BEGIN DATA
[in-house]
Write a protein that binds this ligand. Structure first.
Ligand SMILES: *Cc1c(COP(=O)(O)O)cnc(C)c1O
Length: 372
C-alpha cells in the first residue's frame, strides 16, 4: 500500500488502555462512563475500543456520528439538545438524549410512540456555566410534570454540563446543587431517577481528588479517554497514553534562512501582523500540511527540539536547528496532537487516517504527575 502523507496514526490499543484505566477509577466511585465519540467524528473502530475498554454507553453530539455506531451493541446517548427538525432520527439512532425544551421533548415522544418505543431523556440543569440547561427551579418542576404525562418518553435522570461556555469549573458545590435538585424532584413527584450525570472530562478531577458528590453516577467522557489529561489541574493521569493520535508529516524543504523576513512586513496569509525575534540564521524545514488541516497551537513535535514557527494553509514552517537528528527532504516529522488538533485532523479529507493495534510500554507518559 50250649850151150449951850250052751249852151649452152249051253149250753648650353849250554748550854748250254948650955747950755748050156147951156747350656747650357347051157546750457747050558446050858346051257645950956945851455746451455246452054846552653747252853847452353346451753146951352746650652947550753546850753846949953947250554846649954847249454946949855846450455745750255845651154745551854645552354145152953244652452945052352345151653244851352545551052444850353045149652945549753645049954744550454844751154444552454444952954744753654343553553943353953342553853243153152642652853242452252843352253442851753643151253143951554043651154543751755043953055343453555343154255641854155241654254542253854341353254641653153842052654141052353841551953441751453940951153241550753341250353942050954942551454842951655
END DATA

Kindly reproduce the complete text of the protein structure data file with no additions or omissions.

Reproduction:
[in-house]
Write a protein that binds this ligand. Structure first.
Ligand SMILES: *Cc1c(COP(=O)(O)O)cnc(C)c1O
Length: 372
C-alpha cells in the first residue's frame, strides 16, 4: 500500500488502555462512563475500543456520528439538545438524549410512540456555566410534570454540563446543587431517577481528588479517554497514553534562512501582523500540511527540539536547528496532537487516517504527575 502523507496514526490499543484505566477509577466511585465519540467524528473502530475498554454507553453530539455506531451493541446517548427538525432520527439512532425544551421533548415522544418505543431523556440543569440547561427551579418542576404525562418518553435522570461556555469549573458545590435538585424532584413527584450525570472530562478531577458528590453516577467522557489529561489541574493521569493520535508529516524543504523576513512586513496569509525575534540564521524545514488541516497551537513535535514557527494553509514552517537528528527532504516529522488538533485532523479529507493495534510500554507518559 50250649850151150449951850250052751249852151649452152249051253149250753648650353849250554748550854748250254948650955747950755748050156147951156747350656747650357347051157546750457747050558446050858346051257645950956945851455746451455246452054846552653747252853847452353346451753146951352746650652947550753546850753846949953947250554846649954847249454946949855846450455745750255845651154745551854645552354145152953244652452945052352345151653244851352545551052444850353045149652945549753645049954744550454844751154444552454444952954744753654343553553943353953342553853243153152642652853242452252843352253442851753643151253143951554043651154543751755043953055343453555343154255641854155241654254542253854341353254641653153842052654141052353841551953441751453940951153241550753341250353942050954942551454842951655